Employees are now three-for-three in Supreme Court employment law cases this term, now that the High Court has ruled that an employee’s Fair Labor Standards Act complaints don’t have to be written to be protected from retaliation by their employers.
The court ruled 6-2 that employee Kevin Kasten’s oral complaints about his employer’s time clocks were just as valid as a written complaint. The court handed down its opinion in Kasten v. Saint-Gobain Performance Plastics (09-834, U.S. Supreme Court, 2011) on March 22.
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Kevin Kasten worked a factory job for Saint-Gobain Performance Plastics. He was required to clock in and out of his shift by punching a timecard at a time clock.
Kasten had recurring problems properly clocking in and out. Saint-Gobain followed its disciplinary procedures and orally counseled Kasten. Then it issued a written warning, followed by a suspension. The suspension notice warned Kasten that this would be the last step in the disciplinary process and that another timecard violation could lead to his termination.
When Kasten violated the timecard policy again, Saint-Gobain fired him.
Kasten sued, claiming the termination violated the anti-retaliation provision of the FLSA. He said he had orally complained to managers that the locations of the facility’s time clocks were “illegal.” He said they prevented employees from being paid for the time spent putting on their protective gear before their shifts began and taking it off at the end of the workday.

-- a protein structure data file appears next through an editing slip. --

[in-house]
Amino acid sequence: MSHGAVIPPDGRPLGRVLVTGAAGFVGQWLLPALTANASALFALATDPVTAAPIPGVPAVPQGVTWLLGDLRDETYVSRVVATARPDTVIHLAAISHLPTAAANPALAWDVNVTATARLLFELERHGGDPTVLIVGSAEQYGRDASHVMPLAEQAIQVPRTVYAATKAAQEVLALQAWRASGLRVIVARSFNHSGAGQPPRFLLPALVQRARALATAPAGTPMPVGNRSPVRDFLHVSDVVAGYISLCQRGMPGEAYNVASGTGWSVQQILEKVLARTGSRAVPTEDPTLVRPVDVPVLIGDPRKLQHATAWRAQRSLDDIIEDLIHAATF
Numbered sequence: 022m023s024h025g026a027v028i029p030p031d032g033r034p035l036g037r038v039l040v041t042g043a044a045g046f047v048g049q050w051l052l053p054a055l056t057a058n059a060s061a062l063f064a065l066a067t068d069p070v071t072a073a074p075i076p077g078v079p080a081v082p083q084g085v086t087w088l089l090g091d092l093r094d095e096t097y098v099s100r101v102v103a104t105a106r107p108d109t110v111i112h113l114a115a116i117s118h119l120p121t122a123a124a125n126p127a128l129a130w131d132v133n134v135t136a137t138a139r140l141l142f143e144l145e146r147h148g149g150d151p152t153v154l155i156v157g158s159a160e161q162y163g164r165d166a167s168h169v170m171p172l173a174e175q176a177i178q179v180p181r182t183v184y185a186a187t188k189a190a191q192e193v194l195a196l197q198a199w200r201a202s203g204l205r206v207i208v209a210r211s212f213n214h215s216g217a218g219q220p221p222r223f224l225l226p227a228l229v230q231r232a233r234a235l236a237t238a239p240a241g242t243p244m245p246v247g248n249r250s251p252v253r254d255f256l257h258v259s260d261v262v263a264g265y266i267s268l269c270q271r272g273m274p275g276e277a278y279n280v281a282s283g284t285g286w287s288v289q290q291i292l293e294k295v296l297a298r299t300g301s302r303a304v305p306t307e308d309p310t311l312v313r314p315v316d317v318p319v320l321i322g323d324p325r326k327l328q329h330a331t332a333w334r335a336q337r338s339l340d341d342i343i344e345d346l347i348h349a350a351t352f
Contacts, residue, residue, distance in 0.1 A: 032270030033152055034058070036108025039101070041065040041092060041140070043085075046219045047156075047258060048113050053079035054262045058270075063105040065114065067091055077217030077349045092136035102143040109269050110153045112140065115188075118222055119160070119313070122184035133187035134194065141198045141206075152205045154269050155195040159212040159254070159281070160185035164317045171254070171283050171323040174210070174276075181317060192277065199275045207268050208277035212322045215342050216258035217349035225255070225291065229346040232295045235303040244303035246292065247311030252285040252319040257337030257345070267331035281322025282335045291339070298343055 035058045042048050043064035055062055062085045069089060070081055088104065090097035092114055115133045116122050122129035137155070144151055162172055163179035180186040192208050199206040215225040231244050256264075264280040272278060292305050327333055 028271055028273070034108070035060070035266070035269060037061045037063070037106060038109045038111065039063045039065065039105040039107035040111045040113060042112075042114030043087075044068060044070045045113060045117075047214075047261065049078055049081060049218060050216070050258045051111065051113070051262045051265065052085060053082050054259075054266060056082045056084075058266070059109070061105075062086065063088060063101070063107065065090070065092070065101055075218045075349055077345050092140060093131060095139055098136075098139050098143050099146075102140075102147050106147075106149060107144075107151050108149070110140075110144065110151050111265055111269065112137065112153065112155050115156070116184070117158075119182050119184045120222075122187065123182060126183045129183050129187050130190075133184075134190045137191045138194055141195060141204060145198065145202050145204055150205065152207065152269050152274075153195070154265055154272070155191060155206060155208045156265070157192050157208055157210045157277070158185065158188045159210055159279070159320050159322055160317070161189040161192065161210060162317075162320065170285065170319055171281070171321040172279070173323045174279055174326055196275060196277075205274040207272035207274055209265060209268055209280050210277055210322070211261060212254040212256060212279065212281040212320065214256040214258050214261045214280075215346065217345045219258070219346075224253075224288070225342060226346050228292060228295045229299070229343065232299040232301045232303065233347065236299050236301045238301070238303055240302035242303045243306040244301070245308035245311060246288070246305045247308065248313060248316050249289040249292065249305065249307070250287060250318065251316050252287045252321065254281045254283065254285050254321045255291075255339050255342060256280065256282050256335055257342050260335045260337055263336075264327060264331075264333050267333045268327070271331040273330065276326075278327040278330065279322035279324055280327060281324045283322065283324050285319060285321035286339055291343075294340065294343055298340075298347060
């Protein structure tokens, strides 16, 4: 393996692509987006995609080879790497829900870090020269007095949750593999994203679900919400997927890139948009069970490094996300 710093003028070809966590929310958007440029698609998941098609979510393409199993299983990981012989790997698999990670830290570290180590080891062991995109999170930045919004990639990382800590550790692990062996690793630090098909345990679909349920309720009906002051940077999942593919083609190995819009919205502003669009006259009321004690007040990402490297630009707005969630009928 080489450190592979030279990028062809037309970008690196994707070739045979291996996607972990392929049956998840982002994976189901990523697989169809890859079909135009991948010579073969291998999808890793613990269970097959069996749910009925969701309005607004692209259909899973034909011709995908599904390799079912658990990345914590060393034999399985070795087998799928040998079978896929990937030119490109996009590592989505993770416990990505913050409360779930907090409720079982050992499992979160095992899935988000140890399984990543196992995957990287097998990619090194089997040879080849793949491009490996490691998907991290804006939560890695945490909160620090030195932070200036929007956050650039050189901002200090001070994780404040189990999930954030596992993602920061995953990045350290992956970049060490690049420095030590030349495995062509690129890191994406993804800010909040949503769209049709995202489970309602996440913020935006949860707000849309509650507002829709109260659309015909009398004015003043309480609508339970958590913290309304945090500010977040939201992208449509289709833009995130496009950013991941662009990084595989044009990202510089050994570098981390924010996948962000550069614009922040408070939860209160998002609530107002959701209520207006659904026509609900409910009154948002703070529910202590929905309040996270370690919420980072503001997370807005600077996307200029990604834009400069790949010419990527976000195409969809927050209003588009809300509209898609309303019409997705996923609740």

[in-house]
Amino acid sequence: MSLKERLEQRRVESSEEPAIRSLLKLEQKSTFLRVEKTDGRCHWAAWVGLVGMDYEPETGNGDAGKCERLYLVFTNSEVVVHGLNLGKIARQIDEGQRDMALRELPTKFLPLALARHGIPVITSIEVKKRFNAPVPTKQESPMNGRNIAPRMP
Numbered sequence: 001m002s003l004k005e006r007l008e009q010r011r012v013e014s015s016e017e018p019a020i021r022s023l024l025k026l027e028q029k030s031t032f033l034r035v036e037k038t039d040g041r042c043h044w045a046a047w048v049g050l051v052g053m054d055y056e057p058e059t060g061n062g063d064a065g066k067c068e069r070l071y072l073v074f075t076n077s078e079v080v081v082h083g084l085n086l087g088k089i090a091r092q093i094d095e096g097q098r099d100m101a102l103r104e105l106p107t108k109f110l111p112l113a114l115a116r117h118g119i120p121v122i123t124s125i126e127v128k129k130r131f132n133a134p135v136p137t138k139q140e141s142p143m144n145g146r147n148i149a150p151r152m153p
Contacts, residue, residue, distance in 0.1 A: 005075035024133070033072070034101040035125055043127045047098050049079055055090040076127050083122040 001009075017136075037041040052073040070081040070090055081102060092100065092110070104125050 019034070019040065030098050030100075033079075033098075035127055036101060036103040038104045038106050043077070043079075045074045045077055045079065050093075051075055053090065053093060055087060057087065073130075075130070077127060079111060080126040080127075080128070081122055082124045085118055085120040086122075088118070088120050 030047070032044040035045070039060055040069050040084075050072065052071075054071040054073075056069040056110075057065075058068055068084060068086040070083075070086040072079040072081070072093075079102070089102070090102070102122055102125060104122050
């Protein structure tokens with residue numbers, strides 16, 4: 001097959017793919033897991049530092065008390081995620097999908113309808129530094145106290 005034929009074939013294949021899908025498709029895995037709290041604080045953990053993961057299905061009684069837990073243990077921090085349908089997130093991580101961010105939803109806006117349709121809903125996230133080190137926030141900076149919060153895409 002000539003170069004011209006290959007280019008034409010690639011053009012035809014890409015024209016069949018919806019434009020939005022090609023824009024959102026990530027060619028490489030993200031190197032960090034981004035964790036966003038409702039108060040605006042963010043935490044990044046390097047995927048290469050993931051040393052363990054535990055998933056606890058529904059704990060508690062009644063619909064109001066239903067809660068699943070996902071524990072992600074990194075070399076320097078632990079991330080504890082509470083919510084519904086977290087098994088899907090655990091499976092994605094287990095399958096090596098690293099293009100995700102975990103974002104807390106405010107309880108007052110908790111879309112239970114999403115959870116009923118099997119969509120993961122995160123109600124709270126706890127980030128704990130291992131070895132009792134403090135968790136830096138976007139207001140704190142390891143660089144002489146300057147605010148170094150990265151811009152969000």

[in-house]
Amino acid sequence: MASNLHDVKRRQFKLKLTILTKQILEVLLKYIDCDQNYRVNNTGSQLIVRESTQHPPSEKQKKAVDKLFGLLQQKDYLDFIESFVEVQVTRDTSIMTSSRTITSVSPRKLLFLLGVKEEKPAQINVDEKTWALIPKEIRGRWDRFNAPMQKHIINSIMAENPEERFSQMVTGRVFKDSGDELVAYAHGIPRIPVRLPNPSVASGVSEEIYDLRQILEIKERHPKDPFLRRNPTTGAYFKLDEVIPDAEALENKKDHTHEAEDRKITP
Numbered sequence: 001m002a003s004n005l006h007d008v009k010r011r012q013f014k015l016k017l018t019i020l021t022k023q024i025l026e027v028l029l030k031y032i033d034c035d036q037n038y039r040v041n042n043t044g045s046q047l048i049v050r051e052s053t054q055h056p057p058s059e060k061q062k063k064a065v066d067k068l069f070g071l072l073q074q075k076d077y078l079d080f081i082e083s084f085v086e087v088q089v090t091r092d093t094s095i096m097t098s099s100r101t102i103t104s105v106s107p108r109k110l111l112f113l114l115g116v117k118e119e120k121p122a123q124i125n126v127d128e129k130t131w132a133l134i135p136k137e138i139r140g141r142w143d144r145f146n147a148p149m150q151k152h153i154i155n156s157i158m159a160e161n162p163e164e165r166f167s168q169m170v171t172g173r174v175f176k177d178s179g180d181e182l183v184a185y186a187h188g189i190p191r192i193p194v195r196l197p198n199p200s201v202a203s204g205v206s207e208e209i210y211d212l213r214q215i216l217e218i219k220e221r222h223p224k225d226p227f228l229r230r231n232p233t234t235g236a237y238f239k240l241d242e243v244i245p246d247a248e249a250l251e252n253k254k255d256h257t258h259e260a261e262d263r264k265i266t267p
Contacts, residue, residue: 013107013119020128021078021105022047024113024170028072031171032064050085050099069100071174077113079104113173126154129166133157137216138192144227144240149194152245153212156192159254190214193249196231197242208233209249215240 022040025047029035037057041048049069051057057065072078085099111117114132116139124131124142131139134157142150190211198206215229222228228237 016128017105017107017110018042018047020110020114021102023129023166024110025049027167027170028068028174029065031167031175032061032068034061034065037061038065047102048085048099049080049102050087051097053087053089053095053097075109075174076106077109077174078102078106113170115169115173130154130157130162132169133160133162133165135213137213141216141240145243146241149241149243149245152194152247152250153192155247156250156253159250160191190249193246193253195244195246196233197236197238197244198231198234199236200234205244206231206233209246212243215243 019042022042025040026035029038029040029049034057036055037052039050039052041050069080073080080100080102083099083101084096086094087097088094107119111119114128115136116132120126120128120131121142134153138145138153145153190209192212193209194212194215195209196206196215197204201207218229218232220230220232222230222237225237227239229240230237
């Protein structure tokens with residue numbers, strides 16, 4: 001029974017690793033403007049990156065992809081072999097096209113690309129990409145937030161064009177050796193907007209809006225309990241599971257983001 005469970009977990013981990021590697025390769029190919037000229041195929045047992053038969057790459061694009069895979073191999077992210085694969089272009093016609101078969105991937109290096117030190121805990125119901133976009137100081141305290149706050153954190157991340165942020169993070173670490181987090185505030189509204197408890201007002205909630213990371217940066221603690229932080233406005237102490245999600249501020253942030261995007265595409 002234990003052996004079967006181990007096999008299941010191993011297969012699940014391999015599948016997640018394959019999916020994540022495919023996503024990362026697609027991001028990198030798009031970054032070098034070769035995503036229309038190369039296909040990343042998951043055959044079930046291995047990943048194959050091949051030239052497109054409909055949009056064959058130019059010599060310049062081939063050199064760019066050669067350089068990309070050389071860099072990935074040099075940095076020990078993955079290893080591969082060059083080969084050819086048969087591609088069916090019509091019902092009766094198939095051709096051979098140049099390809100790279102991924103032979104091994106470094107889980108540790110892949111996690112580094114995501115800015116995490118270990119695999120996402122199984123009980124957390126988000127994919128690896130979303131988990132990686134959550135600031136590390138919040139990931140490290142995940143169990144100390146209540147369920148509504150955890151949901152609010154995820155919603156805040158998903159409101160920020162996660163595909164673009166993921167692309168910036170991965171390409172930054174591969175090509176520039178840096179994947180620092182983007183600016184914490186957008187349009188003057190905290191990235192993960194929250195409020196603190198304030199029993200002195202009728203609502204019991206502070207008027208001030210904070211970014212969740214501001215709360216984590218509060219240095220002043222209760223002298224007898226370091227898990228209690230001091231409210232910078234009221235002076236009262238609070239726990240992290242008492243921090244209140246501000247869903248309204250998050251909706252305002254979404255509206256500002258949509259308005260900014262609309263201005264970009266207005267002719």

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Kasten also alleged that, in a meeting that followed his last timecard policy violation, he again orally told management that he believed the time clocks to be illegally located and that “if he challenged the company in court regarding the location of the clocks the company would lose.”
The basis of his lawsuit was that his complaint was protected activity, and that his firing amounted to retaliation for complaining.
But Saint-Gobain argued that the retaliation provision of the FLSA didn't apply to Kasten because his complaints were only oral, while the FLSA required them to be in writing.
The FLSA says “it shall be unlawful for any person … to discharge or in any other manner discriminate against any employee because such employee has filed any complaint… .”
After the 7th Circuit Court of Appeals heard the case, it ruled that the term “has filed” implies a written, not an oral complaint.
Because Kasten made only oral complaints, the court held that he did not engage in a protected activity that would trigger the protection of the FLSA’s anti-retaliation provision. It upheld the employer’s decision to terminate him.
That's when Kasten appealed to the Supreme Court, which ruled in his favor. The case now returns to a lower court for trial.
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